What Caspian States Can Do If Russia Tries to Misuse Treaty to Co-Opt Them for Putin’s Wars

The Set-up

In the Spring of 2018, during negotiations leading to the execution of the Convention on the Legal Status of the Caspian Sea on August 12, 2018 by Russia, Kazakhstan, Turkmenistan, Iran, and Azerbaijan, the Russian Ministry of Defense took two actions to coerce the other parties: (1) the April 2018 relocation of the Russian Navy’s Caspian Flotilla Headquarters to Kaspiysk, Dagestan 550 miles South of its previous base in Astrakhan; (2) and its May 2018 addition of “32 amphibious armored personnel vehicles to the Caspian Flotilla—a strategic move that increased the flotilla’s ability to conduct landings anywhere along the Caspian shoreline.” These moves followed a significant buildup of the Russian Navy’s Caspian flotilla from 2010, including an air wing, naval infantry, and new generation missile warships.

Russia’s build-up, pre-treaty installation of coastal landing capability, naval infantry, and anti-submarine potential of the new air wing in the Caspian sent a coercive message to the other Caspian Sea powers negotiating a treaty to settle rights to Caspian Sea resources since 1996. The coerciveness of the message took on more gravity as Russia had seized Crimea and intervened for the Assad regime in the Syrian Civil War within four years of the signed Convention, using Caspian Sea military assets to bomb Syrian cities.

Caspian Sea Flotilla’s Use in War of Aggression on Ukraine

In February 2022, the Russian Defense Ministry announced exercises involving roughly 20 warships from the Caspian Sea flotilla including ‘the missile ship Dagestan, small missile ships Grad Sviyazhsk, Uglich, Velikiy Ustyug, Makhachkala, Astrakhan and Stupinets, small artillery ships, base sweepers, cutters, and support vessels.’

Since then, Russia has used the Caspian Sea flotilla’s missile vessels and warplanes in Caspian airspace to bombard Ukrainian infrastructure, civilian residential structures, and military targets. Russian leadership has also ordered weapons from and through Iran via the Caspian Sea to use against Ukraine, inviting justified interdiction on the Caspian route as self-defense.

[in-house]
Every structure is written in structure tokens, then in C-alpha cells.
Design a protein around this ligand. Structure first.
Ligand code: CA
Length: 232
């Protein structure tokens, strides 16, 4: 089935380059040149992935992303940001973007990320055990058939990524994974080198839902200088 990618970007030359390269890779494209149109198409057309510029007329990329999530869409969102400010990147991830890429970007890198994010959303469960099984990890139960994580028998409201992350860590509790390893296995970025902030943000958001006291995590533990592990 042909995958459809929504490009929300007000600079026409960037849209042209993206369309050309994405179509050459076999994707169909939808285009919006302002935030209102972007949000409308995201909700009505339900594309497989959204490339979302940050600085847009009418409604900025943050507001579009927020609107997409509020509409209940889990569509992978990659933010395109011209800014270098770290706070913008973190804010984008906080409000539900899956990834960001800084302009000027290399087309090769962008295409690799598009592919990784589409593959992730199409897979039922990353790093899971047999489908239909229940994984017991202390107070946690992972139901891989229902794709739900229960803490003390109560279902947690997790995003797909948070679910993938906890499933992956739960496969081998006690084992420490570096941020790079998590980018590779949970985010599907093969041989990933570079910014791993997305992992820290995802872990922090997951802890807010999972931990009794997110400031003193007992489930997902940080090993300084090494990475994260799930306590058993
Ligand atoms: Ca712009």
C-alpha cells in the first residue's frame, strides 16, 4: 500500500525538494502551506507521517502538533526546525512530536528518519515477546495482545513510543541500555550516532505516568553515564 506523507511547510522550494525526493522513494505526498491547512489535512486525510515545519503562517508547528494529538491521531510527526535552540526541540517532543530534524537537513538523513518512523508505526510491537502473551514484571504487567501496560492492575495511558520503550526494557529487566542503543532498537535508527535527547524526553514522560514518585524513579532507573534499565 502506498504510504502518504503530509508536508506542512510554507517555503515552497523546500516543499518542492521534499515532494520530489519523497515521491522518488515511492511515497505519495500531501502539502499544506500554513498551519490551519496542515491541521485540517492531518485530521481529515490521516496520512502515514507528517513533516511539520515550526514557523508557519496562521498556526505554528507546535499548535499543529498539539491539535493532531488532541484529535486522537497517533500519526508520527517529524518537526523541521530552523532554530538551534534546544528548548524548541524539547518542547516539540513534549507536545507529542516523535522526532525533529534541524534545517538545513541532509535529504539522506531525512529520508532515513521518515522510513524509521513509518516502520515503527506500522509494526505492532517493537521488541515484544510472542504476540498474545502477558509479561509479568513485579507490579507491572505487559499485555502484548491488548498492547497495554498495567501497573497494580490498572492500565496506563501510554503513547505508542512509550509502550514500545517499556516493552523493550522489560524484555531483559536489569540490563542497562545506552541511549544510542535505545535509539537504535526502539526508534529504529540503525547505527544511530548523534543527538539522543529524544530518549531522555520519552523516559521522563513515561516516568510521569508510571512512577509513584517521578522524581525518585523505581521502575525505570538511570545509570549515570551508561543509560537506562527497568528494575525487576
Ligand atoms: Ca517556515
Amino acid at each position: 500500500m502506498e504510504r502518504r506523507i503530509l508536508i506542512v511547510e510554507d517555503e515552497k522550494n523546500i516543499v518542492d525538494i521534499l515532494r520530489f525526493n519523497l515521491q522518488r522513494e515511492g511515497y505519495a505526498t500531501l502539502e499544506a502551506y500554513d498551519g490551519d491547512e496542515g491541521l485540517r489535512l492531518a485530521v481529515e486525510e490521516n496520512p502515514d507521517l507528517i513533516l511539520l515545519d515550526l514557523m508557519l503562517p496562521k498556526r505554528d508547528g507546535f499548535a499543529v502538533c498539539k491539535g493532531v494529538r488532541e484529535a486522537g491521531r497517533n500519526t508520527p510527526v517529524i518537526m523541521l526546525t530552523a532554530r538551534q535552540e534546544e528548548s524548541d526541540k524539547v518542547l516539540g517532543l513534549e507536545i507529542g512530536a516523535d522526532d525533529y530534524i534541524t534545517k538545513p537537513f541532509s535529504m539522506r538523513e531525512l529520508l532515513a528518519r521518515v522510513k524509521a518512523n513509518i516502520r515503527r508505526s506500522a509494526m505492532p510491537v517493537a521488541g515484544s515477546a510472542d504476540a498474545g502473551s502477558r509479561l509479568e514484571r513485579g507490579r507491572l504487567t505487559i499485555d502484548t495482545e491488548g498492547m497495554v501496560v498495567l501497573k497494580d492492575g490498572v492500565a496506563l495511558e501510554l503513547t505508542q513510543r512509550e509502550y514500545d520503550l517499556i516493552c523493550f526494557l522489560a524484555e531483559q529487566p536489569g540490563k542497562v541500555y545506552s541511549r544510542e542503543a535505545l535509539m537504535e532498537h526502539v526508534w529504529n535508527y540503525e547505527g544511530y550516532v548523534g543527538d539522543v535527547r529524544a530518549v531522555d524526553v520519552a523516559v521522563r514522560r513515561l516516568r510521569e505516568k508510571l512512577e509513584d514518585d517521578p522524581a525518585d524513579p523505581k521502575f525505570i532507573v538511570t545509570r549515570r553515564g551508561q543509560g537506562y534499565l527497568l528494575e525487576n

Perhaps it was the possibility of retaliation against its standoff offensive assets staged in the Caspian Sea that Moscow had in 2014 exacted a declaration of the Caspian Sea as an exclusionary zone against non-Caspian militaries (Kremlin press release website, not secure), implying that Caspian littoral states would share a duty enforce the declaration.

By militarizing the Caspian Sea itself and allowing other Caspian states to do so, Russia could argue that any outside retaliation against Russian forces operating in the Caspian Sea constitutes non-littoral states’ military presence in the Caspian Sea, triggering an obligation for other Caspian states to join Russia in repelling same.

Putin might then argue that if Caspian states did not join Russia’s side to defend their portions of Caspian Sea and airspace through which pass outside military opponents’ retaliatory strikes against Moscow’s naval vessels, warplanes, and airspace, it would violate the Convention, permitting Russia to abrogate the treaty and leverage its overmatching Caspian military resources to take control of the Sea and its resources for its own ‘national defense’ interests.

What Can Caspian Sea Powers Do To Escape Russia’s Attempted Military Co-option?

If Moscow tries to use the Caspian Sea Convention as a coercive instrument to co-opt other Caspian Sea nations as shields or proxy defense forces to its wars of aggression, other Caspian Sea powers can counter-argue that Russia had already violated the good faith provision of the Convention to keep the Caspian Sea a peaceful zone for all Convention members by aggressing against Ukraine using its Caspian Sea flotilla’s missile ships and Caspian airspace for air-launched bombardment, provoking and inviting non-littoral state warfare in the Caspian Sea zone. The other states can argue that they did not agree to support or defend against the consequences of aggression by a fellow member or members.

Concluding Thoughts

In his Hudson Institute analysis of Russia’s use of the Caspian Sea from which to strike Ukraine, supply the Russian Black Sea fleet, and supply its ongoing war against Ukraine, Luke Coffey argued: “In the context of regional security, military planners in the United States and NATO should see the most extreme point of the alliance’s Black Sea frontier as the southern shoreline of the Caspian Sea.”

While Coffey’s point is taken regarding NATO strategic contingency planning should the Russian and or Iranian sponsorship of Russian state terror against Ukraine expand against NATO member nations, it could more immediately and justly apply to the Ukraine Defense Contact Support Group’s removal of range restrictions on Ukraine’s equally proportionate use of longer range weapons to strike Russia’s longer range weapon systems and supplies attacking or supplying attacks on Ukraine from the Caspian Sea surface and airspace.

The Ukraine Defense Contact Support Group, by ceasing to restrict Ukraine’s proportionate right to self-defense under international law can help shorten the war of aggression and save lives of the innocent parties to the war as well as end incentives for Moscow to continue compelling its citizens and territorial conscripts to fight in its illegal war of aggression.

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